In 2012, Lymphoma Canada (LC) donated $14,000 to Young Adults Cancer Canada (YACC), a donation made possible from the proceeds of the 2011 Harvest Ball, a fundraising event in held in Oakville, ON, organized by Sue Warden.
In 2012, Lymphoma Canada (LC) donated $14,000 to Young Adults Cancer Canada (YACC), a donation made possible from the proceeds of the 2011 Harvest Ball, a fundraising event in held in Oakville, ON, organized by Sue Warden. Funds donated allowed 17 young adult lymphoma cancer survivors to attend one of three retreat events organized throughout Canada by YACC.
The Harvest Ball fundraiser event began in October 2008 when Sue Warden decided to raise money for Lymphoma Canada. After discovering that her son, Nicholas, was diagnosed with Hodgkin’s lymphoma at the age of 18, Sue was driven to inform young adults about lymphoma and create awareness for this group of cancers. There were over 300 attendees at the first Harvest Ball and $8,000 was raised. Sadly, Nicholas passed away one year later. To keep his memory alive, Sue and her husband, Martin Benum, organized the Harvest Ball for the second year. Over the course of three years, Sue and Martin have successfully raised $34,000 for Lymphoma Canada, passionately ensuring that young adults are educated about lymphoma and have the support they need after being diagnosed.
Lymphoma is on the rise among young adults in Canada. However, LC’s donation has given YACC the ability to continue to support young adults through the difficult news of discovering they have lymphoma. YACC seeks to build a community of young adults diagnosed with cancer and provide them with the support, information, skills and opportunities they need to face the challenges ahead of them. “I’ve been given an opportunity to open up about my experience, share what works for me and learn what works for others,” says Hodgkin’s patient Russel. “This experience has changed my life!”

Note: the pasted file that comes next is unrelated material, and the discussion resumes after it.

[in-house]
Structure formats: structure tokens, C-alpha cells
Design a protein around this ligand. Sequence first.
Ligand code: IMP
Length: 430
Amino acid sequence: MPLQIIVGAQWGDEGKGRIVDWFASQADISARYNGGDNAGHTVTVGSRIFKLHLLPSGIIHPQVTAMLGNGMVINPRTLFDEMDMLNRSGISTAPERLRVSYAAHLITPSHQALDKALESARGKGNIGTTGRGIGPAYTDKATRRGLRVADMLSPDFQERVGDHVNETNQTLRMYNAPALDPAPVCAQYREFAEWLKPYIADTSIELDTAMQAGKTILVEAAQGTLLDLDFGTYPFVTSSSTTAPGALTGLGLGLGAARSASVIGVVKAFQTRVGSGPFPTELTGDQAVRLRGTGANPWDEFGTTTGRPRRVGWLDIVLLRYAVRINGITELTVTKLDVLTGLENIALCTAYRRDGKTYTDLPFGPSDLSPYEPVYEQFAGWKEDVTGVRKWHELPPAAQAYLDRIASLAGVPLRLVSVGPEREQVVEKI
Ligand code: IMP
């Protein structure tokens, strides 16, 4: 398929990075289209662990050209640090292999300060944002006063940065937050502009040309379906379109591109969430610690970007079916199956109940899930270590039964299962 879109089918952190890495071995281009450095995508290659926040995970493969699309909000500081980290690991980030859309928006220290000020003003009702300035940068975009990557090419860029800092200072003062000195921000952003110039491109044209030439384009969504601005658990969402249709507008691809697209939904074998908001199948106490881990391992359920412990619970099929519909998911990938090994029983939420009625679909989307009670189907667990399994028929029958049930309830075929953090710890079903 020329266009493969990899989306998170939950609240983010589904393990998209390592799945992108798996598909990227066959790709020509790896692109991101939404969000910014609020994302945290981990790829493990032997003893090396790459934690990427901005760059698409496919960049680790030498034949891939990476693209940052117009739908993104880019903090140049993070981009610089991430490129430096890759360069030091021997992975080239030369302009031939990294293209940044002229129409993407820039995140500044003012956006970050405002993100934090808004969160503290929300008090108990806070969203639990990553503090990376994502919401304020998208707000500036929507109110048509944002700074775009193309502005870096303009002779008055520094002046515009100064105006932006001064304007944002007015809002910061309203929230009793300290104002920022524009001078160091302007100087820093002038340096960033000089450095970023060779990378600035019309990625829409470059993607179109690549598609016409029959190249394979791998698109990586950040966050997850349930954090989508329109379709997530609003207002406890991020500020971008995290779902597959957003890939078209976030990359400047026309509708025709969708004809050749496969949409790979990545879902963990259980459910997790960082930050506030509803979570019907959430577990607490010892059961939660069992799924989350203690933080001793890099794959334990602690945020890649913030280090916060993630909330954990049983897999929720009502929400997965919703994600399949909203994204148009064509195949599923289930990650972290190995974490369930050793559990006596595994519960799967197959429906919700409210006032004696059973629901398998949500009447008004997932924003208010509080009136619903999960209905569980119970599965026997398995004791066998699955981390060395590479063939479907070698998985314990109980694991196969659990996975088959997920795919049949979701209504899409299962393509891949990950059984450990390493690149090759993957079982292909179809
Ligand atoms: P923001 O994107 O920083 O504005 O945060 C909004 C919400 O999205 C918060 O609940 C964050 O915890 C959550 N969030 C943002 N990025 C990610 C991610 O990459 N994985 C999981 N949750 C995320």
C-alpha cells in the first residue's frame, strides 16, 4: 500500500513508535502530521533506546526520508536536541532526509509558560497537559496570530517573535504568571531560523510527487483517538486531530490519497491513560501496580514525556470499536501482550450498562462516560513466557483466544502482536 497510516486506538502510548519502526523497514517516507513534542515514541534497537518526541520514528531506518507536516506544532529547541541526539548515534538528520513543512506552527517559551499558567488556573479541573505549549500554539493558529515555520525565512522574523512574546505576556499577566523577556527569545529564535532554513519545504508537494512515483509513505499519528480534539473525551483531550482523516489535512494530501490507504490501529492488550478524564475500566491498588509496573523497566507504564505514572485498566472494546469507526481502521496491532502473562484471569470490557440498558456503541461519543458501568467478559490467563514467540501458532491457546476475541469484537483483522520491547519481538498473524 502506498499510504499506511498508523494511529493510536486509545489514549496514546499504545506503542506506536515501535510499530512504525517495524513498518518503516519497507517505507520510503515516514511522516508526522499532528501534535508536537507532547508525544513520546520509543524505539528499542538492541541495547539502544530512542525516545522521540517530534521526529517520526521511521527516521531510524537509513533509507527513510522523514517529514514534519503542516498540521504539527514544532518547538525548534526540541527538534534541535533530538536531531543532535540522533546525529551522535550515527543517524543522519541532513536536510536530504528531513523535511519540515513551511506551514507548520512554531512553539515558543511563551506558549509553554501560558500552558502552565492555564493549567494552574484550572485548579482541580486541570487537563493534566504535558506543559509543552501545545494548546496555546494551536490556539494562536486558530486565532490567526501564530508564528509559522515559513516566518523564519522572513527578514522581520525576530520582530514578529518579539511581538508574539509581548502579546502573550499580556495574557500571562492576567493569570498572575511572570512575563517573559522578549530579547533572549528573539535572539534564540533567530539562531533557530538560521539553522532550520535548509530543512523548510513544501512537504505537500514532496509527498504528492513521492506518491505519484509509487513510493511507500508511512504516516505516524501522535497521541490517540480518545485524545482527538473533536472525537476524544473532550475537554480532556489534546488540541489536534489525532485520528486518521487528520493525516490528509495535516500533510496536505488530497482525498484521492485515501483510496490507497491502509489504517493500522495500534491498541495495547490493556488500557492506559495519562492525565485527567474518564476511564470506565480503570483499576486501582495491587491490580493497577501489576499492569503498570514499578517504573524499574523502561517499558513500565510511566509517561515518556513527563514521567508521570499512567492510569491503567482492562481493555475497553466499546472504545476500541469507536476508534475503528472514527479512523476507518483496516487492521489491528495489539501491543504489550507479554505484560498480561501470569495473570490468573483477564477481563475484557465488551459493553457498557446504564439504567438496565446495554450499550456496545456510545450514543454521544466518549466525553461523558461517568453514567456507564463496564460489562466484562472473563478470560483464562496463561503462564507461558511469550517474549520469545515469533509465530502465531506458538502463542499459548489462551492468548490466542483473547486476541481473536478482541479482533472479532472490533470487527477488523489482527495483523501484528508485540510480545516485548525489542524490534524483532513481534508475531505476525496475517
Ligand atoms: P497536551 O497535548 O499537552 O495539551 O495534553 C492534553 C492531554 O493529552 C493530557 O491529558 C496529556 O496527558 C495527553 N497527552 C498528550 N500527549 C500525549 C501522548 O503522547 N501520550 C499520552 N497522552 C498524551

YACC organizes three large retreats, across Canada, for young adults with cancer – Retreat Yourself West (RYW), Retreat Yourself East (RYE), and Retreat Yourself Adventure (RYA). Geoff Eaton, President of YACC, explains that “the aim of these programs is to not only build a community of young adults facing cancer and eliminate their feelings of isolation, but to also empower them with the skills necessary to take control of their journeys and make the rest of their lives the best of their lives.”
Retreaters with lymphoma represent a significant percentage of the overall total at the retreats. This year at the RYW in Morley, Alberta, 29.4 per cent of attendees were lymphoma survivors. At the RYE in Cape Breton, Nova Scotia 40.9 per cent were lymphoma retreaters and at RYA in Gros Morne, Newfoundland and Labrador, 44.4 per cent were lymphoma retreaters. Stage 4 lymphoma patient Sarah was in attendance at this year’s RYE. “This retreat is the first time in a long while that I have felt even remotely normal,” she shared. It is extremely important to LC to continue to provide education and support to young adults in Canada so that these individuals can receive what they need from their peers within the lymphoma community.